He dropped the spade on which he bad
been leaning; he advanced towarnds
Charles, and grasped both his hands;
"Master Charles, God Almighty bless
you, and keep you wherever you go; and
maybe, when you are a great man in the
College, you would be sometimes be coin
ing back to look at his reverence's grave;
and I'm thinking, Master Charles, you'll
be a very great man before you're too'
proud to come tosee old Robert Brown;
it would do my old eyes good if 'I could
once see you in your father's pulpit, and
yet, maybe I might live to ace you made
provost, or some other post as good, in the
college." • •
"Sally," Said the old man "bid Master
Charles good bye; the old master was al—
' ways fond ot you, fonder nor one *wild
think from your wild ways. I hope when
Master Charles sees you next, you'll not
be as wild as you are now."
"I'm thinking maybe he'd see me wilder
•—but l pray God, be may see me as light
hearted, though indeed my heart is sore
for the old , master; but father," she
.f.Vc L. IV. No. 2.
added thoughtfolll, ~t hi to& the t whe ZS
a light-headed body COITIV4 0;1
thorn they can epee; so I been! the Too
plc tell. .Ma3lie it was vpeeing of use,
that put iuto my head; so mind, Master
'Charles, when next we meet I may be
wilder, but not en I•ght hearted."
She 'laid Ott,* eIaMS in a half solemn
hair eheerfli tune of roiCc; there was th..l
apperstitlon the mentioned connected
with the tree—that Llf-witted pereons,
when standing under it, become endue-1
pith the gift of epeeing or prophecy.
She took L Inn les's offered hand—t•Goni
by, Nl:tater C: arleea" she said, "God tikes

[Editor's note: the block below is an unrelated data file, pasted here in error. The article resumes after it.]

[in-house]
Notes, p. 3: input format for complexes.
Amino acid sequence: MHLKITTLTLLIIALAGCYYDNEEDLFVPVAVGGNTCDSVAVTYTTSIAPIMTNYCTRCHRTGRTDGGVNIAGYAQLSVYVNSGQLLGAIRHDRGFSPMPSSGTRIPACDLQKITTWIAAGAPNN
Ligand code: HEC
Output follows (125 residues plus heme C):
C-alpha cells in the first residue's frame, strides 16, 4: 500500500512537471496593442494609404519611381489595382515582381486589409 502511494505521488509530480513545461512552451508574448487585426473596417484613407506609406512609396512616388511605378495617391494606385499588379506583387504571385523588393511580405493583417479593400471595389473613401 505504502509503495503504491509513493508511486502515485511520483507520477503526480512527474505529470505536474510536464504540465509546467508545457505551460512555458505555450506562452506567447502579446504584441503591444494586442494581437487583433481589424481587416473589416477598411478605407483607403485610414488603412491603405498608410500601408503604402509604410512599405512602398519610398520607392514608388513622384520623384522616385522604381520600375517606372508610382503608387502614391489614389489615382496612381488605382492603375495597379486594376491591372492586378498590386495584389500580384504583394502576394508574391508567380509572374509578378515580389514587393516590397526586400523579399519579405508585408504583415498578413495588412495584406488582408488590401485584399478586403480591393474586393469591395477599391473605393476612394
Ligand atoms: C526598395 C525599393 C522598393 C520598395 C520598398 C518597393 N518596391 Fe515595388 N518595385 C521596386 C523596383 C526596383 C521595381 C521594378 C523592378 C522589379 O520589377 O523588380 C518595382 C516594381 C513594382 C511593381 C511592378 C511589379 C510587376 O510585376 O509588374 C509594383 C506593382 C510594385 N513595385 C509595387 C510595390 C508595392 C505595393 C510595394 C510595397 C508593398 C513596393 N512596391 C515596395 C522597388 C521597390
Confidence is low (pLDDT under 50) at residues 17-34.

you and keep you: and maybe," she mi..
ded, looking up at the tree, "when neu t
we meet you'd have much need of Ins
tier fatherrebuked ter for what he dee
med her ill-timed levity.
"Indeed, father," she said, "I could net
help it. Master Charles knows my heart
is sad, God help me, far them that's
indeed, lather, there is no lightness in my
words; they come lute mw head, as if
could not help to say them; maybe they
have their meaning. God bless you again
Charles took her extended hand; he
almost involuntarily imprinted on it a kiss
—'Geod bye, Sally, and Gad bless you.'
As he grasped the rough hand of the old
'sexton he felt a warm tear fall on his (men.
''God bless you again,' said the old man,
'Mind, Master Charles, don't Mind abu•
sing the world, but see what . you can do
fur yourself in it, and trust tit God, sir.
I'm like David, Master Charles, I have
been young; and now em old, yet never
saw 1 the righteous forsaken, or his seed;
no, never, Master Charles, never'—ho
did not finish the quotation; he could not
bear to use an expression that would evens
imply the possibility of his old pastor's .
son being brought to beggary.
This conversation the reader must sup
pose to have occurred a few yars ;previous
to the time at which I have chosen to coin
tnence my narrative. Charles had taken
the old Mall's advise. lie had not abused